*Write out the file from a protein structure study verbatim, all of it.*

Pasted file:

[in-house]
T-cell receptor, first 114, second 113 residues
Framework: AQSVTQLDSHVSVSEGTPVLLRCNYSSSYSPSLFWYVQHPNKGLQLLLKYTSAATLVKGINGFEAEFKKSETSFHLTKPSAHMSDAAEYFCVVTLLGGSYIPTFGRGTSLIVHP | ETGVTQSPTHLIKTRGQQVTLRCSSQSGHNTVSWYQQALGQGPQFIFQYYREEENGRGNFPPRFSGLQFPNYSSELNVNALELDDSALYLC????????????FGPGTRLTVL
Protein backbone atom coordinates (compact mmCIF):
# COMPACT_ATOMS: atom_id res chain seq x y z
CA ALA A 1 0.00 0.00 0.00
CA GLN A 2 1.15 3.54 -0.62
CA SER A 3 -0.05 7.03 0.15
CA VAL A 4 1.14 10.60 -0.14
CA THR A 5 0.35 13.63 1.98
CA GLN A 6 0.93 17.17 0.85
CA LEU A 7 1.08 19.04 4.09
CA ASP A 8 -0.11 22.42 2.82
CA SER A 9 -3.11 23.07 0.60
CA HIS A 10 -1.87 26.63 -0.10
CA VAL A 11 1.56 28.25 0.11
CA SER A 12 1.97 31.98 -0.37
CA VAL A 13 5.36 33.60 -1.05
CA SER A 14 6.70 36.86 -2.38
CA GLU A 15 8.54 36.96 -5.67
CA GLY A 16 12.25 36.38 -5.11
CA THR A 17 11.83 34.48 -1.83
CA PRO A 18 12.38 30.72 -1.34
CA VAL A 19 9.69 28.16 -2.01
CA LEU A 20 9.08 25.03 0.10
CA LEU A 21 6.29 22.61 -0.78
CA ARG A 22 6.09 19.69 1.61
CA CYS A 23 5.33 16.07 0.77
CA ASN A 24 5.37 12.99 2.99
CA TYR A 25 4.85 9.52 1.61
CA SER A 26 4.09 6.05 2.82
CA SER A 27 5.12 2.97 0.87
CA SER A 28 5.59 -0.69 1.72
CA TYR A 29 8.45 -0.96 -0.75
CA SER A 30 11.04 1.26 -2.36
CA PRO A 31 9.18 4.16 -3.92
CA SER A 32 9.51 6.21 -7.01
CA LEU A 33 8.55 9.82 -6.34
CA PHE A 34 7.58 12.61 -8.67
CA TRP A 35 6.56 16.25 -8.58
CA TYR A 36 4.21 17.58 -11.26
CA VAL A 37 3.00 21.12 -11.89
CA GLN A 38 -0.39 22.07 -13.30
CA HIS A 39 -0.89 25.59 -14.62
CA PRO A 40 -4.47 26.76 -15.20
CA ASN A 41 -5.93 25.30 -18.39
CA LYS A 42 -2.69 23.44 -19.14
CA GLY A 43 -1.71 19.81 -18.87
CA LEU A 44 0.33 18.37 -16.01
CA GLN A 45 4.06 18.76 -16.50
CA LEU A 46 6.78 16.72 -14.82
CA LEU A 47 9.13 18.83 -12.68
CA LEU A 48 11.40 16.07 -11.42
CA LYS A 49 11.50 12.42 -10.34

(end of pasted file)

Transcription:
[in-house]
T-cell receptor, first 114, second 113 residues
Framework: AQSVTQLDSHVSVSEGTPVLLRCNYSSSYSPSLFWYVQHPNKGLQLLLKYTSAATLVKGINGFEAEFKKSETSFHLTKPSAHMSDAAEYFCVVTLLGGSYIPTFGRGTSLIVHP | ETGVTQSPTHLIKTRGQQVTLRCSSQSGHNTVSWYQQALGQGPQFIFQYYREEENGRGNFPPRFSGLQFPNYSSELNVNALELDDSALYLC????????????FGPGTRLTVL
Protein backbone atom coordinates (compact mmCIF):
# COMPACT_ATOMS: atom_id res chain seq x y z
CA ALA A 1 0.00 0.00 0.00
CA GLN A 2 1.15 3.54 -0.62
CA SER A 3 -0.05 7.03 0.15
CA VAL A 4 1.14 10.60 -0.14
CA THR A 5 0.35 13.63 1.98
CA GLN A 6 0.93 17.17 0.85
CA LEU A 7 1.08 19.04 4.09
CA ASP A 8 -0.11 22.42 2.82
CA SER A 9 -3.11 23.07 0.60
CA HIS A 10 -1.87 26.63 -0.10
CA VAL A 11 1.56 28.25 0.11
CA SER A 12 1.97 31.98 -0.37
CA VAL A 13 5.36 33.60 -1.05
CA SER A 14 6.70 36.86 -2.38
CA GLU A 15 8.54 36.96 -5.67
CA GLY A 16 12.25 36.38 -5.11
CA THR A 17 11.83 34.48 -1.83
CA PRO A 18 12.38 30.72 -1.34
CA VAL A 19 9.69 28.16 -2.01
CA LEU A 20 9.08 25.03 0.10
CA LEU A 21 6.29 22.61 -0.78
CA ARG A 22 6.09 19.69 1.61
CA CYS A 23 5.33 16.07 0.77
CA ASN A 24 5.37 12.99 2.99
CA TYR A 25 4.85 9.52 1.61
CA SER A 26 4.09 6.05 2.82
CA SER A 27 5.12 2.97 0.87
CA SER A 28 5.59 -0.69 1.72
CA TYR A 29 8.45 -0.96 -0.75
CA SER A 30 11.04 1.26 -2.36
CA PRO A 31 9.18 4.16 -3.92
CA SER A 32 9.51 6.21 -7.01
CA LEU A 33 8.55 9.82 -6.34
CA PHE A 34 7.58 12.61 -8.67
CA TRP A 35 6.56 16.25 -8.58
CA TYR A 36 4.21 17.58 -11.26
CA VAL A 37 3.00 21.12 -11.89
CA GLN A 38 -0.39 22.07 -13.30
CA HIS A 39 -0.89 25.59 -14.62
CA PRO A 40 -4.47 26.76 -15.20
CA ASN A 41 -5.93 25.30 -18.39
CA LYS A 42 -2.69 23.44 -19.14
CA GLY A 43 -1.71 19.81 -18.87
CA LEU A 44 0.33 18.37 -16.01
CA GLN A 45 4.06 18.76 -16.50
CA LEU A 46 6.78 16.72 -14.82
CA LEU A 47 9.13 18.83 -12.68
CA LEU A 48 11.40 16.07 -11.42
CA LYS A 49 11.50 12.42 -10.34